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News (Newspaper) - April 16, 1891, Frederick, Maryland TVITH WHICH HAS BEEX IXCOBPORATFD THK AXD WEEKLY TIMES AND THE MOiiXINO CALL, VOL. FREDERICK, MARYLAND, THURSDAY, APRIL PRICE ONE CENT. i (jfOODS SOW OPEN. HAXSL'KQ. TOttSHOX. 2M203 WHITE GOODS wry tow priwa. even lower than last Spring. at tbea. Fiat callers will Hod wecan o J them settssa and they sell fust. K.J. ELDHIDGE. Ko. WEST PATBICK STREET. FHEDEBICE.MD. The Bocfc. The Bock. The Bock. The Celebrated THE BAYVIEW BHEWBET BOCK. THE BBADIXG BEBWIKG CO.'S BOCK. THE COLUMBIA BEEWEBY BOCK. All Fine eatl First Class and for sale at all principal places and by J. A. C. LIPPS. the Agent. Cor. West Patrick and Telegraph SU Telephone 132. Frederick. Md. THE LATEST HAPPENINGS OP THE DAY Model Motive Power.' The Baltimore and Ohio Rail Road Companv has recently placed in service on its fast trains between New York, Philadelphia, Baltimore and Washington, three new engines which are. doubtless the finest and fastest ever built in this country. These new flyers have driving wheels six feet, six inches high and cyl- inders 20 inches by 24. The large cylin- ders give them tremendous power and the high drivers protect the machinery from the rack and strain incident to dri- ving smaller engines at great speed. There Is practically no limit to the speed to which these new marvels maybe driven and they skim over the rails as smooflily as a swallow over a lake. Another recent addition to the motive power of the company is a consignment of eight powerful' ten wheel passenger engines, designed for service on the mountain divisions. These are the heav- iest ten wheel engines ever constructed, J weighing sixty-seven and one-half tons', "rhey have driving wheels six feet two inches high and cylinders 21 inches by 26. _One of these machines performs the work heretofore requiring two of- the- ordinary class and they take the heavy through express trains up the mountain grades quickly and with perfect ease. The Mt. Clare shops of the company have recently completed an order for ten switch engines of the highest type and sufficiently powerful to make up a train equal to the fall drawing power of a consolidation freight engine. Also three new heavy-eight wheel passenger engines, having driving wheels five feet eight Inches, and cylinders' twenty inches by twenty-four. These engines are doing excellent work; they are_very pow- erful and susceptible of great speed. In addition to the foregoing the Com- pany has now under construction at its Mt. Clare Shops ten powerful ten wheel engines designed for fast -freight service and for heavy passenger trams on occa- sion, also twelve consolidation freight en- gines of great power. These additions to its motive power are ia line with the other great improve- ments constantly being made in the gen- eral betterment of the B. O.' property by its present management, which have been noted by the press from time to time, and the rapid augmentation of the passenger traffic of the Company indi- cates public is quick to recog- nize the present and constantly Increas- ing efficiency of its train service. Frederick Business College. The Frederick Business College, which has opened its doors to the young ladies and .gentlemen of Frederick, a3 well as to our business community in general, prom- ises to promote the advancement of prac- tical education- The classics and higher mathematics are by np means considered secondary- but there is no-doubt about a great deal of time being lost in such stud- ies when the student wishes to prepare for mercantile life. Mr. Guion has had many years experience In his own and other colleges and trusts to the people of Frederick city and county that they may assist him in establishing an institution which may in time, be an honor and credit to us. There are a few here, for- merly students under his teaching in Bal- timore, who stand ready to endorse him through the benefit they have themselves received, and it remains with those need- ing such instruction as a easiness col- lege can give to assist In this work by their means, influence sad attendance, The college has made a start with sixteen ia attendance In we hope that the number may increase a hundred fold before the year closes. "Vis- itors are welcome at all times. See the adveriisment in another column for par- ticalars- THE SOCIAL WOBLD. SELSCT Hisses Clara Bnrck and Fannie HcHen- ry gave a select dance to a number of their friends at the residence cf MT. Charles Bnrck, Telegraph street, last evening. Refreshments of a choice na- tnre were served about twelve o'clock, after which dancing was resumed tfli a. m. Henry Coates orchestra famished the dancing music. About twenty cpsples were present and an en- joyable time was had. CAKDS OUT. InTitaticas srs out for the rssrrisge of Miss Ama M., daughter of Mrs. Laura V. Anderson, and Mr. William Herwig, both of this city- The ceremony will take place on Thursday, April 33id, at 3 p. m., at the Reformed parsonage, A reception will follow immediately after ushe ceremony at their new home, So 51 West South street. Secretary Shine's Latest on New Orleans Affair, r WAS HOT AJieus Coming to Our Shum, Xo Claim for Wronged May Tbroush the Oar Premier Quotes fli Length Froiu RcUrf Will Be Given if the Circ-ttiustwiceti Warrant it. April 15. Scvnrtary Elaine's rtply to PrennVr Hudim's utterance rtspectiug tl iniilent was completed and luindfd to Marquis IniperiaK Tnesday. Marquis Imperiali's last cote, which, includes the- Rmlmi dispatch, and Secretary Blame's reply vteK given to the press last night." The Harqms' note includes the dis- patch from Kudini, heretofore published, in which, the Italian premier urges onlv prompt action, and ia >s-hich he says far- ther: I wish to add that the public opinion in Italy s justly impatient, and It concrete provision- wtre at oncu I should find myself in the painful of showing openly our dis- satisfaction by the minister of Us majesty from a country where he is unable to obtain Justice. RCDKI. Indemnity Not Promised. You quote in yocr note part of the Marquis Radtni't, of April i in these words: his majesty's government takes note of the declaration whereby the Federal government recognizes that an indemnity is dne to the of the victims, in virtue of the treaty in between the two countries." [f will carefully examine my note of April 1 he will discover that "1 did not recognize that an indemnity is due to the families of the victims, in virtue of the treaty in force between the two countries." What I did say was in answer to Baron asser- tion, that the United States governmoal re- fused to take demand for indemnity Into consideration- fho Marquis Badini may be assured that the United States would recompense every Italian subject who might "be wronged by a violation of treaty" to Trlucb. the faitli of the United States is piedgeil. But assurance leaves unsettled the important question whether the treaty has been violated. Upon this point the president, with sufficient facts placed before has taken full time for dccLJou. lit uow directs that certain considerations oti the gen- eral subject be submitted to the judgment of the Italian government. A Precedent of Value. As a precedent of great value to the case under discussion the president recalls the con- clusion maintained by Mr. "Webster in 1851, when he was secretary of state under Presi- dent FUlmore. la. August of that year a. mob in New Orleans demolished the building in which, the Spanish consul was located, and at the same rime attacks were made upon coffee bouses and cigar shops kept by Spanish sub- jects. American citizens were involved in the losses, which, in the aggregate, were large. The supposed cause of the. mob was the intelli- gence of tie execution of fifty young Ameri- cans in Havana, and the banishment to Span- Mi mines of nearly two hundred citizens of the United States. The victims were all mem- bers of the abortive Lopez expedition. Incon- sequence of these depredations of the mob upon the properly of the Spanish consul, as well as against the Spanish, subjects, Bon Cal- deron Be la Banca, the minister of Spain, de- manded indemnification for all the looses, both official and personal. Hhe Consul Had a. Special Claim. Mr. Webster admitted that the Spanish, consul was entitled to indemnity, and assured the Spanish, minister that if the injured con- sul, Mr. Laborde, return to his post, or any other consul for Xew Orleans shall be ap- pointed by her Catholic majesty's govern- ment, the officers of this government resident in that city Witt be instructed to .receive and treat Mm. with courtesy, and with a national salute to the Hag of his ship, if he shall arrive in a Sp anish vessel, as a demonstration of re- spect." But when pressed by the Sponish min- ister to afford indemnity to Spanish, subjects injured by the mob, in common with, Ameri- can citizens, Mr. Webster declined to accede to the demand, and gave his reasons. These reasons "were to the effect that the consul-was entitled to special pro- tection because of his position, while Spanish subjects resident here are en- titled only to the protection afforded ottr own citizens. The consul and the subjects were, "howeva-. subsequently indemnified in, recognition of certain magnanimous action on thepaxt-of Spain towards Americans. May Sue for Damages. The right to judicial remedy wiich Mr. "Webster assured to the Spanish'subjects is likewise assured to the Italian subjects. The Tight is specially guaranteed in the second section of the third article of the constitu- tion. And, as Mr. Webster points out, the resident alien has a privilege which is denied to the citizen- The widows and children of the citizens who lost their lives by mob violence may sue the- leaders and members of the mob only in the courts of Louisiana, while the widows and children of the Italian sub- jects who suffered death have the right to sue each meuiber of the mob, not only in the state courts, but also before the federal tribunal for the district of Louisiana. Pfoviaion is mado in the revised civil code of for re- dress of such grievances as the widows and children of the victims of the mob may plead. The Cases Different. The government of the United States would fed justified in Testing on the argument and conclusion of Mr. Webster if the mob of March It, 139L, did not ia some of its characteristics differ from the mob of 1S5L But it is due to entire candor, due to this government and due to the government of Italy to point out certain differences, of the government of tie United States is in honor bound to take notice. In the case of the mob of 1851 Mr. Webster asserts that personal injury was offered to any outs" that "ihe police and other legal au- thorities did an that was possible to preserve the peace and arrest the that "the mob acted in the beat of blood and not in pur- suance of any predetermined plan or purpose of injury or tiat "the mob was com- posed of irresponsible persons, the names of none of wbom are known to the government of the United States, nor, so far as the govern- ment is informed, to its officers or agents in New Owr Government Moving Promptly. As promptly as possible after the lamentable occurrences at New Orleans the president di- rected the attorney Receral to cause through bis department a, full inqciry to be made into all the facts connected therewith. He has not yet received tie official report. If it be found thai a prosecution can be maintained aader the statutes of tfce United States, the case will be presented TO the next crand jnrv. accordinc to the ossal methods of criminal adminis-tra- taon. But if it shall be found, as seems prob- able, that criminal proceedings can only be taken in the courts of Louisiana the president caa fo this direction do no more than to upon the state officers- tbe duty of prompUy brining tlie offenders to tnal. This was done Jus telegram to toe governor of Louisiana as early as the 15ih of March, Jio Special Protection for Aliens. If ftsbaJl resalt that the case can be prose- cuted onJy in the state courts of Louisiana and the usual judicial investigation and pro- eednre under tbt. criminal law is not resorted NEW JERSEY ELECTIONS. The Presiieut at tie Scenes ot' aiuit SHATASOOOl'S CORDIAL WELCOME. S TheChierM-iicKirateVPiu-iucS Sijilil thr or u tit> count if' Lc tJ liiai fur tlic rwjiVN, of AYill Get Wluit Tht-y'n- Rumletl To. If. llicrvfurv, n tshuuU ihait auiuug liiunr kliirOt by lijc mub al tlwnc re hikati who wrrr or dumic-llcii in lbs.1 city, tu utrr trwuy with Italy, and not m violation of oar whx> were the uf the Uuited ami olwyim: the lavp- and ot slaw of Looisiaat. aad that the public charted with duty of protecting life and property in ihnf city at the work Cx: cioti. or proper notice of or infurmalion of the tluvat- eacd danger nrftisod tu tolcr fur uf the public peace aiul afier- to brisur the msltv t" dent would, under auca circumstaao-i, that a case was established that shuold be sub- mittol to the consideration of witliti view to the relief of the fumilii-s of tho Italian subjects M ho bivl loot their b> tess- ntss> or by violence. Accept, s.ir, the renewed assurances of juy considemtiun, U. BL.ILKE. FROM CHINA AND JAPAX The Russian Czarowitz Is Not Com- ing to Visit Us. SAX April According to advices from Japan by the steamer Gaelic, which arrived from Hong Kong, the czarowitz is not coming to this coun- try. A Japanese paper says that al- though his visit to Japan is ostensibly made as a tour, his actual object seems to be the observation of the efficiency of the military preparations of that coun- try. especially on its northern frontier. The Gaelic brings also the following advices: The first inoculations vrith Koch's lymph have beea made in Shanghai! The cholera is raging hi Siam, there being an average of forty deaths daily. The United States steamer Omaha, the flagship of the Asiatic sta- tion, ftajs sailed for Panama. The total abolition of export duties in Japan is be- ing agitated. Ten fishing sm.icks "were lost in a gale off the coast of Japan and sixty lives were lost. Mysterious Shooting. x. Pa.. "William Ryan, the man who was admitted to the Charity lospital Monday night, with a pistol shot wound in his breast and an- other on the temple, remains in practi- cally the same condition, with increased prospects for recovery. Some persons believe the -wounds were self inflicted with suicidal intent. He stOl adheres to the story that he "was shot by some unknown assailant, but the tale that he teHs now differs from the original. There is a strong suspicion that Byan. knows why he was shot, but declines to telL _ Censures the Keeper. WASHDTGTOS. April Lieut. T. D. Walker, assistant inspector of the life saving service, in Ms report of the wreck of the Norwegian bark Dictator near Seatack life saving station. Va., made to Superintendent Kimball, cen- sures Keeper Edward Drmkwater, in charge of the station, for failure to em- ploy all the means at his command for the rescue of the imperiled people. The Dictator was wrecked March 27, and had on board seventeen people, of seven were lost, including the captain's wife and child- A Servant's K-evenge. BEXTOS. Ark.. April family of James Henson were poisoned by the colored cook-putting rat poison into the coffeepot. Hr. aad Mrs. Henson and their three children -were taken violently iH and physicians were summoned. The family is now out of danger. Thene- gressfled. and is stfll at large. She is thought to have intended to poison only Mr. Benson because he would not pay her wages due. A Veteran's Suicide. LEBASOX. Pa.. April A. Hartman. aged 60 years, hanged him- self in his room in the Hartman house, on South Kinth street. He was found hanging from the high head board of his bed7 having used one of his suspend- ers to end Ms life. Deceased served during the late -war in the One Hundred, and Seventh Regiment' Pennsylvania volunteers, and was partially paralyzed. Pive Burned to Death. LoxDpx. April fire, -which re- sulted in the loss of five lives, occurred at a house on the High road, on the southern side of Hyde Park. In spite of the efforts of the fire department, as- sisted by the soldiers from the barracks, five persons -were burned to death before the flames were under control Fell Into Molten Iron. BIBDSBOBO. Pa., April Francis, a puddler employed by the E. G. Brooke Iron company, is suffering with terrific burns, and not expected to recover. Through making a misstep he fell into a buggy of molten iron, ana be- fore he could be rescued his flesh was burned to the bones. Against. Deaconesses. Pa., April the Car- lisle presbytery.in session here yesterday, the overture to provide for the appoint- ment of the same rights and duties as deacons, was defeated by a unanimous vote. Hidolespring was se- lected as the nest place of meeting. Fire at Alexandria. ALESAXDEIS_ "Va., April a Sre at the Brcomslaw Brick works yesterday damage was doae to the amount of 000; insurance. More than 300 men are thrown oat of employment in consequence, Officially Denied. Bp.rssFXS, April statement published by The Etoile Beige that Henry 31. Stanley has been appointed governor of liie Congo state is oScial ciaily 'leniea. "Will Stop Railway Construction. BCEXOS ATRES. Aj.nl a result of the financial troubles the government wffl stop the construction of the national railways. Win-re He Thr Visit Crtvk- April the Pivsiilrtitui! train yes- terday fully weiv at the e-tation. A salute of thirteen ITOQe firvOi tiw Prwadtiit from the train. Thf decorations all the city The party "was taken at in decorated t-.kctric cars to Lookout Mountain. They re- mained a few moments on the mountain and then rr runted to city. The school children had Iven given a holiday, and, dnssed hi their in the welcome From the windows of The btuuiuig werw turown carits bearing the inscription. Mr. President, to Chattanooga." The Times is among the leading Democratic jour- nals of the South, and this coarttsy was favorably couuuenuxl upon. The jurtv was taken to a lavishly stand, the President was introduced by Hon. H. Clay Evans. He said The Spwch. MT FEIXOW CmzKKs: I hove joyed tie opportnalty of seeing again. I it last as tho camp at a. ereat army. Its only lodustrles were military; Its stores munitions of war; its pteasmt hilltops were torn with rifle pits; its civic population the attendants of au army caiupaigu. I see St today a great city, a commercial center. I sw Uheso hilltops, then bristling crowded with happy homes; tiese itrcets, throcsli v.-Ucti the wora vet- erans ot tunny campaigns then marclivd, made glad with the presence of happy children. JSverythimj is changed- The wand of the enchanter hns toadied. hills, aad Old Lookout, that over tho valleys from which the piow had v. upua vliv industries of country life. All are changed, except that the Hag that then floated over Chattanooga floats here btill. It has passed from the hands of the veterans who bore it to victory in battle into the hands of the children, who lift it as an emblem ot peace. Then Chattanooga was war's gateway to the south: now it is tho gateway of peace, commerce and prosperity. Thura have brvn two one with arms, the other with the gentle influences of peace, and tho last is greater than the- hrst. I congratulate Tennessee. I congratulate prosperous city, I congratulato all thoso who through this gateway give and receive the in- terchanges of friendly commerce, that there Is being wrought throughout our country a unifi- cation by commerce, a unification by simi- larity of institutions and habita, that shall in time vestige of difference, and shall make us not only In contemplation of the law, but in heart aad sympathy one peo- ple. I thank you for your cordial greeting today, and hope- for the development of the indus- tries of our country and for tho settling of our institutions upon the firm babe of n respect for the law. He was followed by Secretaries "Wana- maker and Proctor. At the station, prior to the president's departure, men. -women and children were lifted from their feet "by the Ftrrg1- ing mass. The president shook hands hundreds, and the train pulled out amid loud huzzas. Veterans' Reminiscences. ATLANTA, Ga.. April -16. The pleas- ure trip of the -presidential party from Chattanooga wiis somewhat marred by the receipt of a dispatch announcing Mrs. Halford's death. When informed that Mrs. Halford was daid the presi- dent expressed sincere sorrow, and im- mediately sent a message of condolence to his private secretary. The track of the Western and Atlanta railroad, over which the tram proceeded to Atlanta, marked the line of the route taken by Gen. Sherman on his famous march to the sea. The president and Marshall sat in the observa- tion car most of the journey and enter- tained other members of 'the party with accounts of battles in which they had participated while the former was colonel of and the lattei in the ranks of -the Seventieth Indiana regiment. Bes- aca proved the most interesting to the president of all places along the line of the road. It was here that Marshal Ramsdell lost his arm. when Col Har- rison was one of the first over the breast- works. At Kingston and Cartersville the president made brief speeches. "Welcomed to Georgia. As the train approached the vicinity of Atlanta steam whistles from factories and cheers from crowds along the way- side showed .that Atlanta's reception was a cordial one. In the vicinity of the depot an immense concourse had assem- bled. fences, railroad cars, telegraph poles and all manner of strnctnresbeing used by those anxious to get a glimpse of the president. Cheering for half an; hour was incessant, and as the train moved along crowds of people, cheering lustily, closed in after the ;train and fol- lowed running in its wake. The_ streets of the business portion of the city were fairly jammed with people, who gave their lungs full vent. As the train came to a standstill Governor Northern came on the platform, and, grasping the presi- dent by the hand, saiii: -'Mr. President, I welcome yon to Georgia, and I am sure yon will find us loyal and Oa Peach Tree Creek Battlefield. The president's party and local com- mittee took carriages after leaving the train, and passed through a line of G. A. R. men and a committee of Confed- erate veterans and proceeded in process- ion through the principal streets to' Peach Tree Creek battlefield, on the out- skirts of the city, where CoL Harrison commanded the "Seventieth Indiana regi- ment during the great fight there. On the return to the city thejresidential party dined at the SimlaJi house, and 7 to building, where a recepdon to the pub- lic was heM "by the president nntfl 8 o'clock. Large numbers of people at- tended the levee. Governor Northern, Mayor Hemphill and uthc-r prominent citizens assistt-d the m receiv- ing. When the reception was over the presidential party went to the esecnirre mansion and held a card reception to prominent citizens. At 11 o'clock the reception ended and the party went to the train retired for the night Secretary Soak, who leaving the parry at Houston. Tes.. has decided to remain during the entirv journey. Twenty-five Destrojcd. BnaroiGHAM, Ala., April A' fire at Piedmont destroyed twenty-five houses and caused a loss of C-trrj X. J.. AonJ tK- tK-kvt was- a M 01 V.i trwis- Mr. Elbrus Tells Story of His Wile's Death. THE FATAL VOCSD3 DISCSEZD. L.y oa-i Tuirv! i, -Ml luajvrity, and Fourth word, u (DemJ. 374 uuuoritv. RAIPA-AV. N. J.. Awnl tr. i in this city rtr-alu'd m the rW- tion of W. Chiiiiiberlaia, 1-U-publKvui. ovt-r L. S. Ever, IViuvcrai. fur Uis thirxl Krai, by five Frtx-boUor W. Howard. Rcjxablicjiu, was rt-c-lccted and Sxtmuf Halipav. EVaaocxit. was i-Jocted over Gojrge Wright, by twelve KKW YottU, April A atiaen com- plained to Chkf uf Murphy, of Jersey City, that thv elcctioa ofliCfrs of the FWrtwiith pivcinct of the Fourth district LiJ lirft the polling pluxt. at 1G7 Laidlaw aveiine onatteiulwl during yes- ttrdav'g eltjction. sued bv Justice Davis for the of m 1 fr it i J. Koch. Louia Martin. Hunry Kraus and Toohey, the eltctioii officers com- plaiued against, BALMACEDA AGAIN ROUTED. Throe Thousand of Soldiers Driven Back with, Heavy" P.wus, April received from Chile report that a desperate en- gagement, resulting iu the triumph of the Chilean revolutionists, was recently fought in Copiapo. As yet it is only known that after a long and obstiuau oT tin- Sur.iH-v-1. Dvtiutl A Md., April ex- i" the umixU-r Jvnny Kichards and the mur- der of hrr has iucrtrrtbttl rather thau As the news of the trajjtrdy ha> into tlie more remote of tho country have bwn t-lowly flocking iu from all sides, until there a continual streaui uf along the Porter's bridge road kaditij; down to the houbo in which the took T :it1 f i t ried on in the vicinity. Farmers have left their plows and mechanics their workshops and benches to come into town, and even the women gather to- gether in small knots to discuss di.'- tails of the horriblf event. Many of the older inhabitants have taken esixxiid jnvcaution-t in their doors, an nnnMial thing in thb quiet neighbor- hood. The Coroner's Inquest. At 1 o'clock vesterday afternoon an inquest was held on the body of the murdered woman by Coroner Perry latzenberg. of Elkton, and a jury which consisted of the' following: Foreman, H. H. Hiunes, president of the National bank at Eising Sun; J. F. Hindman, W. M. Moore, .lesse A. Kirk, school com- missioner; W. C. Brown, Mil ford B. Richards, Stephen ,J- Murphy, J. R. Coatee, B. B. DunbaV, of Elktou; George Ash. editor of Tho Democrat. Elkton. and Charles F. Hinchiitte, also JUK- ton. James Richards was the first witness, and he gave the story of the shooting substantially as published. The Doctors' Testimony. Dr. George S. Dare, who made the antopsy on the body of Mrs. Richards, said that the bullet had entered the head, on the right side of the brain, about an inch and a half above the ear, and taking a downwiird course and passing through the posterior portion of tho brain, had lodged against the sknH on the left side at the "base of the brain. There was severe hemorrhage of brain ventricle and rupture of the brain sub- stance. Clote of blood had formed in the brain, and small pieces of the skull were scattered in the substance of the brain. Mr. Richards' "Wounds. Dr. Charles E. Turner gave corrobora- tive testimony regardinjr the autopsy. He was called to see Mr. Richards at a. m. on Monday. He found two bullet wounds, one on the front of the lower portion of the chest, through which the bullet had passed along the course of the rib. Toe other had en- tered on the side of the chest and follow- ing the same course had passed out in front. The ankle was not broken, but there was a heavy crack of the ankle bone. This wound might have been made in falling down stairs. This concluded the testimony and the jury passed into the parlor to see the body. The dead -woman was lying on an improvised trestle, covered with a sheet which was stained with blood. The face was fearfully distorted and showed the agony undergone before death re- lieved her of her sufferings. The .Tary'i Tertfict. After consulting for a few minutes the jury returned thefollowing verdict: find that L. Jenny Richards came to'her death ou ilouibty, April 13, 1551, at the residence of her from the ef-r fects of a pistol ball that entered the' brain, fired by the hand of some person unknown to the jury-" A sensation was created when Con- ductor W. F. Hallur, of the Philadelphia, Wilmington and Baltimore Railroad, came forward and stated that he had talked with George Brain, the suspected man, at 11 A. M. on Monday at the Per- ryvflle depot. This contradicts entirety the story told by Bram. who says that on Monday he was in Baltimore. The board of county commissioners to-day offer a reward for the arrest and conviction of the murderers, which prominent citizens of this district have promised 'to increase to Rioters Bailed. TJjrrosrowx, Pa., April hear- ing in the case of the twenty-seven riot- ing strikers who were prosecuted by Col. Schoonmaker for assaulting Superin- tendent Rosser at Jimtowa plant came np before Justice Dawsou here yester- day. Master Workman Peter "Wise, Secretary Parker and other leaders were on hand, but their attorney asked that bail in ?100 each be accepted, and the men would waive a hearing. This was agreed to, and the men entered bail for the June term of court. The Five Commissioners' Bill. DOVER. Del. April five com- missioners" bill for 3Sew Castle county was the order for this morning in the senate. "When the senate met, Iwwevsr, it was soon learned that another confer- ence was necessary, and that the bill would "probably be further modified.'' It is said that the bill will be so modified a-s to have the new proposed commis- sioners ekcted on the third Tuesday in May, on the date of the special election on the question of holding a constitu- tional convention. o of SSKOOu frorn Adoif itoston, by whom he manufacturii'g (.-nsploj'ed in April More serious fighting is looked forward to in the near future between the British troops and the insurgent Manipnris. Profiting by the delay of the British in ad- vancing to the front, the Maiiiparis axa erectiiur stone stockades, distant: rifle- pits and in other ways preparing to give the British a warm Portugal's. Cabinet Resigns. long ministerial ctrli-is was precipitated yes- terday when, at a meeting of the cab- inet. the piiaisters drew up and pre- stnted the fain; a collective note, tender- ing tlw of the ministry as a whole majesty has intimated that he will make known his action in tho TO a.- fv Ll "U. Sir Kac, 2; Kcnonncc. 3. Time, THE MARKETS. Quotations from the PhiladclpitUr. and New Yorfc Exchanges. PHIIJIDEI.PHIA, April The market dnll and steady. Penasj-lvaaia was quiet. Lehiah Valley and Lehigh Navigation were steady. Reading was ton, and tiers were a- nmnber of bnvioc orders in the mort- gaee nod preference income bonds. Following were tbe closing bids: Lehigh Valley. TO. fe. N. Pacific com Reading 1st pf. 5s S X.Padflcpfd Reading 3d pf. as Readiae ______ 3SW W. N. Y.a: A LehiRh E. B. T. 22 St-Paul 58J, tt The New York Produce "Markets XEW YORK. April li Stoie sad -western flour ia moderate demand, firm: city mills. SSSivHh ciry raiils pat- Xo. 2 red modeniSc bayins: Mar- Jalr. SLKPilMl; AogasW De- cember, Irtli and Snti: Ca- nadian. SS332C. Cora-No. 2 sis dali: JJo. Oats- 2 quiet Aad suit S Moderatalj- active, Sra; sew mess, rf3 nsess, estra (Jaict. Srni: Moderately active, stetft Pennsy 1 vaaia, soTzih weslera, sontfcern, GSx.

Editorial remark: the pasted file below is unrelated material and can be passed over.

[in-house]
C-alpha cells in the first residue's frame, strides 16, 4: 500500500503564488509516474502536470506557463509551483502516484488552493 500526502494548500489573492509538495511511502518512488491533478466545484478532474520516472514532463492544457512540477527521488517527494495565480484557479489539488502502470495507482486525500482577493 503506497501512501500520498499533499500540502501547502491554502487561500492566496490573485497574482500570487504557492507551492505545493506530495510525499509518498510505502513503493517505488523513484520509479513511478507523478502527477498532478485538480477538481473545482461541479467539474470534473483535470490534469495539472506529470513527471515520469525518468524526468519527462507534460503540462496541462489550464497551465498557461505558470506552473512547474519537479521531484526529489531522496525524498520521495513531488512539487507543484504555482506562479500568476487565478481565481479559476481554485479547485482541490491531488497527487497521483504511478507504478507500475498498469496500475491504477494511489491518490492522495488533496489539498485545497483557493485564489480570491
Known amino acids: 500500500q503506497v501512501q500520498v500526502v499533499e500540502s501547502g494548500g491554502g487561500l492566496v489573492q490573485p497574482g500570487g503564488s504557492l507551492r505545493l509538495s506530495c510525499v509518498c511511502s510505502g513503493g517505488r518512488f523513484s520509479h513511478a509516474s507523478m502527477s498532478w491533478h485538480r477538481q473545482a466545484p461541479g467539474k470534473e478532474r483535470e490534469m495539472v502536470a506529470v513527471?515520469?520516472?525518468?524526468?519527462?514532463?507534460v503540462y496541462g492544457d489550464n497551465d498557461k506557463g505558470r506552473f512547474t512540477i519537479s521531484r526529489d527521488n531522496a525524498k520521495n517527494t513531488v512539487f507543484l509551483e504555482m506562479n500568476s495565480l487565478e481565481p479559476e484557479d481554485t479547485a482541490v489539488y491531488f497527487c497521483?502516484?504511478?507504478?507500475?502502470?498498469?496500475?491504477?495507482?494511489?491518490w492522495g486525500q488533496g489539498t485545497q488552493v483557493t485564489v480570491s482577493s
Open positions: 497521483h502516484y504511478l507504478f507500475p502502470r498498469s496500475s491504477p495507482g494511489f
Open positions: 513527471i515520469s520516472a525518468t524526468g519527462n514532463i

Once upon a time newspapers were our main source of information. Now those old newspapers are a reliable source for hundreds of years of history and secrets of the past. Now you can search for people, places, and events without the hassle of sorting through mountains of papers!
Newspaper Archive is the world's largest online newspaper database featuring over 130 million newspaper pages. Plus our database expands by one newspaper page per second for a total of around 2.5 million pages per month! The value of your membership grows along with it.
Those looking to find out more about their forefathers can empower their genealogy search with Newspaper Archive. Within our massive database, users can search ancestors' names for news stories and obituaries. We must understand our past to understand our future!
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Your full introductory membership payment will be credited toward the cost of full membership any time you choose to upgrade!
"It is amazing how easy and exciting it is to access all of this information! I found hundreds of articles about my relatives from Germany! Well worth the subscription!" - Michael S.
"I love this site. It's interesting to read articles about different family members. I've found articles as well as an obituary about an uncle who passed away before I was born, and another about a great aunt. It's great for helping with genealogy." - Patricia T.
"A great research tool. Allows me to view events and gives me incredible insight into the stories of the past." - Charles S.